Our Guide to

All Things

Learner-Centered

at SXSWedu

We are looking forward to learning, engaging,

and exploring with education pioneers from

all across the country.

With so much to do at SXSWedu, we've created a guide to the learner-centered

presentations, keynotes, panels, and summits that we are most excited about!

MONDAY, MARCH 7, 2016

HELPING DIFFERENT KINDS

OF MINDS SOLVE PROBLEMS

Temple Grandin

Keynote

Instructional

Strategies

11:00AM - 12:00PM

Austin Convention

Center, Ballroom D

THE POWER OF STUDENT VOICE

IN TODAY’S CLASSROOM

Shanna Peeples

Panel

Instructional

Strategies

12:30PM - 1:30PM

Austin Convention

Center, Room 16AB

A "CAR-TALK"

FOR THE ED SECTOR

Dennis Littky, Elliot Washor

Core Conversation

Educational

Equality

12:30PM - 1:30PM

Hilton Austin

Downtown, Salon A

THE PARADIGM SHIFT OF A GLOBAL

CLASSROOM

Anders Enström, Brian Jones,

Dr. Ayelet Segal, Liz Meredith

STUDENTS UNFILTERED:

DIGITAL IN THE CLASSROOM

Elana Golub, JoAnna Zalkovsky,

Matt Bilotti, Zak Malamed

Panel

Instructional

Strategies

Panel

Continuing

Education

2:00PM - 3:00PM

Hilton Austin

Downtown, Salon E

5:00PM - 6:00PM

Hilton Austin

Downtown, Salon J

Follow all the news

via Twitter

@SXSWedu

@EdReimagined

PIONEERING ISSUE 8 • FEBRUARY 25, 2016 • EDUCATION REIMAGINED • 5


TUESDAY, MARCH 8, 2016

REIMAGINE EDUCATION:

ABANDONING AGE-BASED LEARNING

Dr. Marina Walne, Roger Cook,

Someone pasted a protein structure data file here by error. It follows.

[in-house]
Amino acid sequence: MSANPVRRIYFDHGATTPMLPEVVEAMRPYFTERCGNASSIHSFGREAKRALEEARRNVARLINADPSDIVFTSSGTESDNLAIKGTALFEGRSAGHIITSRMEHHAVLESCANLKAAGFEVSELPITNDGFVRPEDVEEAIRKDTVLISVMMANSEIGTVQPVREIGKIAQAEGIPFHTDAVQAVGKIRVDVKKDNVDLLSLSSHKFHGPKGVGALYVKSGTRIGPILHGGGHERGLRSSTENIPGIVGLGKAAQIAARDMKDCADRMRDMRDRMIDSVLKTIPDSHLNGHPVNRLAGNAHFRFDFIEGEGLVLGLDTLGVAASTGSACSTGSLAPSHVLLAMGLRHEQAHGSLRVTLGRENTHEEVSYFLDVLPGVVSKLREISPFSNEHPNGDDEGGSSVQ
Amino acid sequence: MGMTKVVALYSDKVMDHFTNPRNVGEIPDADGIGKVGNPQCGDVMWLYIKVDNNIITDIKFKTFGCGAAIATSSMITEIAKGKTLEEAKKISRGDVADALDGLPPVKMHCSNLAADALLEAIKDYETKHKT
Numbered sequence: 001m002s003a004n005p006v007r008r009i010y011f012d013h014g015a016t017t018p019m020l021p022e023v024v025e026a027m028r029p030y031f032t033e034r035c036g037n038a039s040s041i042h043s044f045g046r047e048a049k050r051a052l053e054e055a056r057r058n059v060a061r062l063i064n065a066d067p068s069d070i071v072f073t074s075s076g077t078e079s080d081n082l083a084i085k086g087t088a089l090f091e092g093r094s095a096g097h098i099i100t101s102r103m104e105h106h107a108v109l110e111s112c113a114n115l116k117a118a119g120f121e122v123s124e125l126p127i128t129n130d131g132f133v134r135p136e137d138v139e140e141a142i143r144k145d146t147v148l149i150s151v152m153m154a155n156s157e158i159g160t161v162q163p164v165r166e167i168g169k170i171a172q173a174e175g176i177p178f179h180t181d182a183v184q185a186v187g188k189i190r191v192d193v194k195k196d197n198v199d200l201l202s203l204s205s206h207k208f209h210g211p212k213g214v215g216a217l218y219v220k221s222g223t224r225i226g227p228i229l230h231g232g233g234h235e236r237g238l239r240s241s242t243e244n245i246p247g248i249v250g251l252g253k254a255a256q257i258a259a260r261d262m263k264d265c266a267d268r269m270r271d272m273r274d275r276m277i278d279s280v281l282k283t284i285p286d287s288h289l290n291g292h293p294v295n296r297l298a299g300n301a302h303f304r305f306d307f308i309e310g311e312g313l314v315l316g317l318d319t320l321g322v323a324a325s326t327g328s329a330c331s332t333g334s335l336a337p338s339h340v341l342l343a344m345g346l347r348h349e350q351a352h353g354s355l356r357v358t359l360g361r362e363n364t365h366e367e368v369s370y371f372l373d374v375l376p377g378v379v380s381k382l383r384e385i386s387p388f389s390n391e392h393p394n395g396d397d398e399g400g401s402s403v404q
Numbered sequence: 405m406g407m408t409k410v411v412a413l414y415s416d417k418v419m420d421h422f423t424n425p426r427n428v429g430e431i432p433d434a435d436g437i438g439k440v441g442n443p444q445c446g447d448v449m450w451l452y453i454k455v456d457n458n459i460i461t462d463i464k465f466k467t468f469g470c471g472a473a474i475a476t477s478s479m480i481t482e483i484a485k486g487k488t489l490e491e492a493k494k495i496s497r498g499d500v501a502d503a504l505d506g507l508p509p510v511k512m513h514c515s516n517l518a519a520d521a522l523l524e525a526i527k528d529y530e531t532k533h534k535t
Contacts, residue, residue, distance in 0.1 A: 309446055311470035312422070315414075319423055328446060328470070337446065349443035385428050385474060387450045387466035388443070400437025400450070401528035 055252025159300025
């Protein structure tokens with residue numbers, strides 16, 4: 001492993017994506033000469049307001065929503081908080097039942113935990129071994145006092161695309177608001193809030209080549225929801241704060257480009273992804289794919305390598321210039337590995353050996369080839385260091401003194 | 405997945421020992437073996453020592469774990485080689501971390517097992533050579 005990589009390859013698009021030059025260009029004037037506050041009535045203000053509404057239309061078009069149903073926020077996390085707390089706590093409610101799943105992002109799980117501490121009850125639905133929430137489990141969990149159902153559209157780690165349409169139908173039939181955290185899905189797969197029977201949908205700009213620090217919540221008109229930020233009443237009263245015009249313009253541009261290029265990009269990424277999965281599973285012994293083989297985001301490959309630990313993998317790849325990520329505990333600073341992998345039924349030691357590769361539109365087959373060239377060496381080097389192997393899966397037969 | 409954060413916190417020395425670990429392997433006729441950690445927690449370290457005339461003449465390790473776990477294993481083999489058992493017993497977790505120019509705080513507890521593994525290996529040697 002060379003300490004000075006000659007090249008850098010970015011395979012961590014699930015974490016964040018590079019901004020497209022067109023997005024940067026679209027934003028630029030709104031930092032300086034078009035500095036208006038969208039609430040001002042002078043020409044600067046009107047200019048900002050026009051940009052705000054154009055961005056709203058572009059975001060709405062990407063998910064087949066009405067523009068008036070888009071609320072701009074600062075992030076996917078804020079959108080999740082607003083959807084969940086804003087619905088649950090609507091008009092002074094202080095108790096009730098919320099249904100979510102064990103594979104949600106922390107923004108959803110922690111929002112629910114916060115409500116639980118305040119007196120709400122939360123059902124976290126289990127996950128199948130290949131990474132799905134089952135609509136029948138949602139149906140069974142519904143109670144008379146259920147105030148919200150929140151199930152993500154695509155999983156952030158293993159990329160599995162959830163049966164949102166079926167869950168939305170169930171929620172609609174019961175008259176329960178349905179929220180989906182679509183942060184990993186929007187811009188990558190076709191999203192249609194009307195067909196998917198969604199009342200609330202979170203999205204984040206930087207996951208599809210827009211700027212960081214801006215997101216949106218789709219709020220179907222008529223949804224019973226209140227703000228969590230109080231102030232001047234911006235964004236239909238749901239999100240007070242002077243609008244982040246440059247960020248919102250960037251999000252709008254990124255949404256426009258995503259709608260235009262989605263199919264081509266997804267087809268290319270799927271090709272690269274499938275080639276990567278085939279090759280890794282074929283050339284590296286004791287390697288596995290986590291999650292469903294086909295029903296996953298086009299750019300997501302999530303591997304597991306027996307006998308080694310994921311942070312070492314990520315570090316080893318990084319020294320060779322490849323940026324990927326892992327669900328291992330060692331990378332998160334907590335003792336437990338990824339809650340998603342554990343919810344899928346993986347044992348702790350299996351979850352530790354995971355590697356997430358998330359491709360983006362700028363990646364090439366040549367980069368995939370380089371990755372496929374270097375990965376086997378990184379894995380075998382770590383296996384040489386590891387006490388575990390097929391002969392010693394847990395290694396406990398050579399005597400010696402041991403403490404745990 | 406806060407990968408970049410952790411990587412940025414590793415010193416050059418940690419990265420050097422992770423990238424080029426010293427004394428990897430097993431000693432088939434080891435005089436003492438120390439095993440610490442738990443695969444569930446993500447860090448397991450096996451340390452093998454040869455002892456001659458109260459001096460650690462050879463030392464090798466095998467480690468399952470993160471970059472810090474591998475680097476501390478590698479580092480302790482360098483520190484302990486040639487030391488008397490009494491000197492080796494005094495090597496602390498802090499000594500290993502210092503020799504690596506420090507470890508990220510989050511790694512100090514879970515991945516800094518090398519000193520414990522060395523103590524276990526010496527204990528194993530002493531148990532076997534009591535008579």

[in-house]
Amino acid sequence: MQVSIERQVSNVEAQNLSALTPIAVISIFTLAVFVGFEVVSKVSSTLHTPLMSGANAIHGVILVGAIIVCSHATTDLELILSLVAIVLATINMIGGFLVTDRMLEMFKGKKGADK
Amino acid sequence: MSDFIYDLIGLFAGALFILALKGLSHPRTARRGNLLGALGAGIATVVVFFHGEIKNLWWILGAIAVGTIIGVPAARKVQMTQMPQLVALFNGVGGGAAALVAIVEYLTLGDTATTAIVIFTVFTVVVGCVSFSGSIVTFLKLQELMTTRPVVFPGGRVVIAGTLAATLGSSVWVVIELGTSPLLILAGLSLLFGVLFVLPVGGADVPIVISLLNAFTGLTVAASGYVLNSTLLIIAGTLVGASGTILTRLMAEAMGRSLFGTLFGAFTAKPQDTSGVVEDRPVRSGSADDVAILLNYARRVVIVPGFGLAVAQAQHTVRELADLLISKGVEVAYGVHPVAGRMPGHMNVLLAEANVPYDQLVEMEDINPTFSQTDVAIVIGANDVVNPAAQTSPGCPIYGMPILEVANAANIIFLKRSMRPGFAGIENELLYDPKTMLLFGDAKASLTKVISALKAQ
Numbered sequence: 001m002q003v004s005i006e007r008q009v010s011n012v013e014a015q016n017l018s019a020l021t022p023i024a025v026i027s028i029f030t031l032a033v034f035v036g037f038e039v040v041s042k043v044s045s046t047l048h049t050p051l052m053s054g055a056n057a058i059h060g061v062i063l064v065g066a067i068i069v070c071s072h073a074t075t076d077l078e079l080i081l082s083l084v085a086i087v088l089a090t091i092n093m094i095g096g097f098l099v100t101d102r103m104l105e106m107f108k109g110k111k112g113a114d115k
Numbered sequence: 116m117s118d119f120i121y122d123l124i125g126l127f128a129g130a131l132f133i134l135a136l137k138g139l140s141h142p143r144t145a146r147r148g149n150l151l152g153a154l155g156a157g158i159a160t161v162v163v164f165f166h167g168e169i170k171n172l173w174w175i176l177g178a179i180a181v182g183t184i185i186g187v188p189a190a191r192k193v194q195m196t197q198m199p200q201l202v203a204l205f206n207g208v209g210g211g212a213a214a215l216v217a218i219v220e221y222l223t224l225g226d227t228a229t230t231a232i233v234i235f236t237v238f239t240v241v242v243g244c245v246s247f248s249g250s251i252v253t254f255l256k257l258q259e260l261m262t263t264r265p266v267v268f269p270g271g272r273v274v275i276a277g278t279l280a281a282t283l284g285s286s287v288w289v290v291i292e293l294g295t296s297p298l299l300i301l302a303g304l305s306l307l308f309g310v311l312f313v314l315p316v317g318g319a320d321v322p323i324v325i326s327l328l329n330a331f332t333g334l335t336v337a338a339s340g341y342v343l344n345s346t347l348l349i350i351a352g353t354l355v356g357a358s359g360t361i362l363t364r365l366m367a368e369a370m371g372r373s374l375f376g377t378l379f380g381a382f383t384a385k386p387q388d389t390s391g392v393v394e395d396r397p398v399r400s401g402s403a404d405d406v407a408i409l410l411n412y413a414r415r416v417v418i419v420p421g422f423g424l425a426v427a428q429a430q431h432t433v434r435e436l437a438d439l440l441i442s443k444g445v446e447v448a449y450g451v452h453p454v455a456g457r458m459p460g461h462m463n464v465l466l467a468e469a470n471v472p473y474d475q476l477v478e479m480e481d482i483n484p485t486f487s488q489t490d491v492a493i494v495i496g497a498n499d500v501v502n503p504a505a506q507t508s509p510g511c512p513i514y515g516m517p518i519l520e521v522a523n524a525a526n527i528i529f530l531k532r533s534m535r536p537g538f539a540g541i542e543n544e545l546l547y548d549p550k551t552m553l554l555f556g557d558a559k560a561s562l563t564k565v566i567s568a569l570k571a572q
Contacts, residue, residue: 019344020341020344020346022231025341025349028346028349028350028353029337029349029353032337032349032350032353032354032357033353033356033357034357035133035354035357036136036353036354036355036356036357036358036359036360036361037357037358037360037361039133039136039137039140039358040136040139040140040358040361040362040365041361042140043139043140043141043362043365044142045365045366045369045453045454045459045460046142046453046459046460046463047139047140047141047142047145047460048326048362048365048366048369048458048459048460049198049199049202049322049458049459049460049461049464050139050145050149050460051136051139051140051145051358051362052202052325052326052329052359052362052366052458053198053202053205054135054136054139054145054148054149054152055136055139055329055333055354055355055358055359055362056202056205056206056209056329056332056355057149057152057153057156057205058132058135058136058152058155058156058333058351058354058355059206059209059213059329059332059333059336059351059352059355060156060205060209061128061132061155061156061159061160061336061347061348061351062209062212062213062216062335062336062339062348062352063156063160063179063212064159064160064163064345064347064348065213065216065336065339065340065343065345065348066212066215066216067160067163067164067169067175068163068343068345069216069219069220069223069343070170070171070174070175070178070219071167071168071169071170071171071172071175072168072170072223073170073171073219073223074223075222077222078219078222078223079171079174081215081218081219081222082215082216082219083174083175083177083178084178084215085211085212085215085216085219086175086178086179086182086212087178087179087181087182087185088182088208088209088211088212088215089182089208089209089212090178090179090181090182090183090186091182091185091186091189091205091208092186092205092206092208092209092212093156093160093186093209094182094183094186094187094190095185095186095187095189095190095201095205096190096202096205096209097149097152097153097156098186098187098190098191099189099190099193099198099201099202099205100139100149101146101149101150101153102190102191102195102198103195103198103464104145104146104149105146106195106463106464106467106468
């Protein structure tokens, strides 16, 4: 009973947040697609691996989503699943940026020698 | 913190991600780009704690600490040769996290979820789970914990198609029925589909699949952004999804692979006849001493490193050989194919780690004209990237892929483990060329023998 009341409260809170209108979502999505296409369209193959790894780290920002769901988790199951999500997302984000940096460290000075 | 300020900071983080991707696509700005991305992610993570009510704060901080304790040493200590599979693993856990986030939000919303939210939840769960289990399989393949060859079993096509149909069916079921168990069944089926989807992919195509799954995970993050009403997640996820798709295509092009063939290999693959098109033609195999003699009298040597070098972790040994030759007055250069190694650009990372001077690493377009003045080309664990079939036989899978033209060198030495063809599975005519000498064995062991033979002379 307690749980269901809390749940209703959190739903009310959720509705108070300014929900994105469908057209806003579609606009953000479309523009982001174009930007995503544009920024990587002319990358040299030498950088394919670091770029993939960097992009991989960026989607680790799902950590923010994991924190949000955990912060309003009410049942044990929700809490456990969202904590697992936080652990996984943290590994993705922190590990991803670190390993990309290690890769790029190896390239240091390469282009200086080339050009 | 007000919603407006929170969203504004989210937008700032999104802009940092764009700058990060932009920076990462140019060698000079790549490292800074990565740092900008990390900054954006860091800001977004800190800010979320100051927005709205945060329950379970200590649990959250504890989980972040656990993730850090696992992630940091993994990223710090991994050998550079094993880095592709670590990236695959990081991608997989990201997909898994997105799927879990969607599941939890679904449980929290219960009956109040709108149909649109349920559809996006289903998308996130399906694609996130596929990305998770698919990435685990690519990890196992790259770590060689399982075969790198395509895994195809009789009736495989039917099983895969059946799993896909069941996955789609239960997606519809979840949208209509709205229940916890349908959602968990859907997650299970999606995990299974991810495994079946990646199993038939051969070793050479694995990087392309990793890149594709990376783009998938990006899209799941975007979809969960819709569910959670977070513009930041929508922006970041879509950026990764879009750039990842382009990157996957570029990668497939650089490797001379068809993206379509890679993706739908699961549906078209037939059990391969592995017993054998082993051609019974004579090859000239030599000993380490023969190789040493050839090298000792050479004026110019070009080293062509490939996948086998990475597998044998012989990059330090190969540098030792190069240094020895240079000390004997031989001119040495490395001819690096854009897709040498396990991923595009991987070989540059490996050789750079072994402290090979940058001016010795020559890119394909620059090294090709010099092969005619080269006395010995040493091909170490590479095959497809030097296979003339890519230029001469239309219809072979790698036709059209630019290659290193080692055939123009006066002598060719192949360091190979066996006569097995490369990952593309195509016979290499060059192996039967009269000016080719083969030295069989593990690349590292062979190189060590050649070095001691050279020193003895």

Stephan Turnipseed

Panel

Instructional

Strategies

11:00AM - 12:00PM

Hilton Austin

Downtown, Salon E

INDIANA JONES AND THE JOURNEY

OF INNOVATION

Scott Ellis

Featured

Implementation

11:00AM - 12:00PM

Austin Convention

Center, Room 18ABC

INVITING THE PUBLIC BACK INTO

PUBLIC EDUCATION

Troy Miller

TRANSFORMING EDUCATION

WITH LEARNERS AT THE CENTER

Kelly Young, Margaret Black, Michael

Hinojosa, Trace Pickering, Virgel Hammonds

Future15

Implementation

Summit

Leadership

2:50PM - 3:05PM

Austin Convention

Center, Room 15

3:00PM - 6:00PM

JW Marriot, Salon 3

PLEASE JOIN US

FOR A TEXAS-STYLE

COCKTAIL PARTY

Co-hosted with

Next Generation

Learning Challenges

WEDNESDAY, MARCH 9, 2016

HOW TO THINK (AND LEARN)

LIKE A FUTURIST

Jane McGonigal

Keynote

Gaming

9:30AM - 10:30AM

Austin Convention

Center, Ballroom D

Immediately following

our summit, kick back

and join us for great

conversation, guacamole,

and some Shiner.

DESIGN THINKING THE WHOLE SCHOOL

Alex Owens, Jasmine Araujo,

Josh Densen

Problem Solving

Learning Spaces

11:00AM - 1:00PM

Hilton Austin

Downtown, Room 408

Cedar Door

201 Brazos Street

WHAT IF EVERYONE WANTED

TO BE A TEACHER?

David Rosenberg

Core Conversation

Leadership

11:00AM - 12:00PM

Hilton Austin

Downtown, Salon A

RSVP

WHOLE CHILD EDUCATION:

BODY, MIND AND SPIRIT

Michele Rusnak, Paul Cruz, Sherrie Raven,

Yesenia Garcia-Herrington

Summit

SEL

11:00AM - 2:00PM

JW Marriott

Salon 2

EVERY CHILD, EVERY DAY:

ACHIEVING ZERO DROPOUTS THROUGH

PERFORMANCE-BASED EDUCATION

Roger Cook

Book Signing

12:00PM - 12:30PM

Austin Convention

Center, Level 3 Aritum

Landing

TWO PERSPECTIVES ON

PERSONALIZED LEARNING

Emily Lammers, Gates Bryant, Sparky Zivin

Debate

Instructional

Strategies

12:30PM - 1:30PM

Hilton Austin

Downtown, Salon C

GIVING HOPE: OVERCOMING ODDS

WITH BLENDED LEARNING

Crystal Hill, Gayle White Wallace, Kimberly

Moritz, Robert Rayburn

Panel